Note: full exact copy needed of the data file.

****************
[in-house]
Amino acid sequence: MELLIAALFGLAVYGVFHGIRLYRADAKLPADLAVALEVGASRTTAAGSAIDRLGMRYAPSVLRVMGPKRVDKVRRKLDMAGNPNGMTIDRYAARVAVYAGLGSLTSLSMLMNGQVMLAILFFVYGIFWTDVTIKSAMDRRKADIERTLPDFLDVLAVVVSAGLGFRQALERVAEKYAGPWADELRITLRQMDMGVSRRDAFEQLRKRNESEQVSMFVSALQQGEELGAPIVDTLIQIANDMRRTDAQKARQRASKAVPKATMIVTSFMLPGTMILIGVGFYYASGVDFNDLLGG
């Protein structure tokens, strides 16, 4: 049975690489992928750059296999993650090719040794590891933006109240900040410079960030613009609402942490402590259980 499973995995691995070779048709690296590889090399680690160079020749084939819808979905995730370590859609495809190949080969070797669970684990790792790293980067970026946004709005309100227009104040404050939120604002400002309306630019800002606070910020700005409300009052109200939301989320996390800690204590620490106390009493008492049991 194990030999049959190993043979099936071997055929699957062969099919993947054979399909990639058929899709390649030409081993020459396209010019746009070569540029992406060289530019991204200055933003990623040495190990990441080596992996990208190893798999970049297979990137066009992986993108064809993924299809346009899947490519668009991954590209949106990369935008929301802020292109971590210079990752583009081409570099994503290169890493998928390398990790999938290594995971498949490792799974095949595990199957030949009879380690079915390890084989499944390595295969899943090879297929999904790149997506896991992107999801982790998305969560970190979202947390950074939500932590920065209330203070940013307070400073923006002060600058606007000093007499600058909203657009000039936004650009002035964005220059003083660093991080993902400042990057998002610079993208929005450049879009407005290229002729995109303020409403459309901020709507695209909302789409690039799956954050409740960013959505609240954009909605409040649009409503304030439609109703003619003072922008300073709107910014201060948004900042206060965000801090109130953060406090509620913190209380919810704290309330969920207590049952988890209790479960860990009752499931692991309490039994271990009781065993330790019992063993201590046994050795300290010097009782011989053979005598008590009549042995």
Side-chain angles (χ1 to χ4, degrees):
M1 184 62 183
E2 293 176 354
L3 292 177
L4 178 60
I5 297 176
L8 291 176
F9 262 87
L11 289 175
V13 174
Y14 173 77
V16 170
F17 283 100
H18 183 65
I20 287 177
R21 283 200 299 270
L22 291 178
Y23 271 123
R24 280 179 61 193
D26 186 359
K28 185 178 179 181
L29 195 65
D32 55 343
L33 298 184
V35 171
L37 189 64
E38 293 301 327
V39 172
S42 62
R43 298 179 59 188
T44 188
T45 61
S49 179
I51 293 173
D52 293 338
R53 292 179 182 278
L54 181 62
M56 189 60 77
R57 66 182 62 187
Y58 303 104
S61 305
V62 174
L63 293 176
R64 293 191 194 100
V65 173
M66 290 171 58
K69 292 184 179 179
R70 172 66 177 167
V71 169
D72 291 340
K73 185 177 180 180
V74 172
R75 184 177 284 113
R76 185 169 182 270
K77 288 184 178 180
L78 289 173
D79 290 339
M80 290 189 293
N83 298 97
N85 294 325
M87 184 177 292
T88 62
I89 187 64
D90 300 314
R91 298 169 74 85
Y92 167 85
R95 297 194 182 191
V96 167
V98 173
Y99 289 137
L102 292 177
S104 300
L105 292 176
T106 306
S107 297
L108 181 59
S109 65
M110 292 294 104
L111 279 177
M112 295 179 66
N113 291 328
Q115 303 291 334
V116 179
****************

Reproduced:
[in-house]
Amino acid sequence: MELLIAALFGLAVYGVFHGIRLYRADAKLPADLAVALEVGASRTTAAGSAIDRLGMRYAPSVLRVMGPKRVDKVRRKLDMAGNPNGMTIDRYAARVAVYAGLGSLTSLSMLMNGQVMLAILFFVYGIFWTDVTIKSAMDRRKADIERTLPDFLDVLAVVVSAGLGFRQALERVAEKYAGPWADELRITLRQMDMGVSRRDAFEQLRKRNESEQVSMFVSALQQGEELGAPIVDTLIQIANDMRRTDAQKARQRASKAVPKATMIVTSFMLPGTMILIGVGFYYASGVDFNDLLGG
């Protein structure tokens, strides 16, 4: 049975690489992928750059296999993650090719040794590891933006109240900040410079960030613009609402942490402590259980 499973995995691995070779048709690296590889090399680690160079020749084939819808979905995730370590859609495809190949080969070797669970684990790792790293980067970026946004709005309100227009104040404050939120604002400002309306630019800002606070910020700005409300009052109200939301989320996390800690204590620490106390009493008492049991 194990030999049959190993043979099936071997055929699957062969099919993947054979399909990639058929899709390649030409081993020459396209010019746009070569540029992406060289530019991204200055933003990623040495190990990441080596992996990208190893798999970049297979990137066009992986993108064809993924299809346009899947490519668009991954590209949106990369935008929301802020292109971590210079990752583009081409570099994503290169890493998928390398990790999938290594995971498949490792799974095949595990199957030949009879380690079915390890084989499944390595295969899943090879297929999904790149997506896991992107999801982790998305969560970190979202947390950074939500932590920065209330203070940013307070400073923006002060600058606007000093007499600058909203657009000039936004650009002035964005220059003083660093991080993902400042990057998002610079993208929005450049879009407005290229002729995109303020409403459309901020709507695209909302789409690039799956954050409740960013959505609240954009909605409040649009409503304030439609109703003619003072922008300073709107910014201060948004900042206060965000801090109130953060406090509620913190209380919810704290309330969920207590049952988890209790479960860990009752499931692991309490039994271990009781065993330790019992063993201590046994050795300290010097009782011989053979005598008590009549042995």
Side-chain angles (χ1 to χ4, degrees):
M1 184 62 183
E2 293 176 354
L3 292 177
L4 178 60
I5 297 176
L8 291 176
F9 262 87
L11 289 175
V13 174
Y14 173 77
V16 170
F17 283 100
H18 183 65
I20 287 177
R21 283 200 299 270
L22 291 178
Y23 271 123
R24 280 179 61 193
D26 186 359
K28 185 178 179 181
L29 195 65
D32 55 343
L33 298 184
V35 171
L37 189 64
E38 293 301 327
V39 172
S42 62
R43 298 179 59 188
T44 188
T45 61
S49 179
I51 293 173
D52 293 338
R53 292 179 182 278
L54 181 62
M56 189 60 77
R57 66 182 62 187
Y58 303 104
S61 305
V62 174
L63 293 176
R64 293 191 194 100
V65 173
M66 290 171 58
K69 292 184 179 179
R70 172 66 177 167
V71 169
D72 291 340
K73 185 177 180 180
V74 172
R75 184 177 284 113
R76 185 169 182 270
K77 288 184 178 180
L78 289 173
D79 290 339
M80 290 189 293
N83 298 97
N85 294 325
M87 184 177 292
T88 62
I89 187 64
D90 300 314
R91 298 169 74 85
Y92 167 85
R95 297 194 182 191
V96 167
V98 173
Y99 289 137
L102 292 177
S104 300
L105 292 176
T106 306
S107 297
L108 181 59
S109 65
M110 292 294 104
L111 279 177
M112 295 179 66
N113 291 328
Q115 303 291 334
V116 179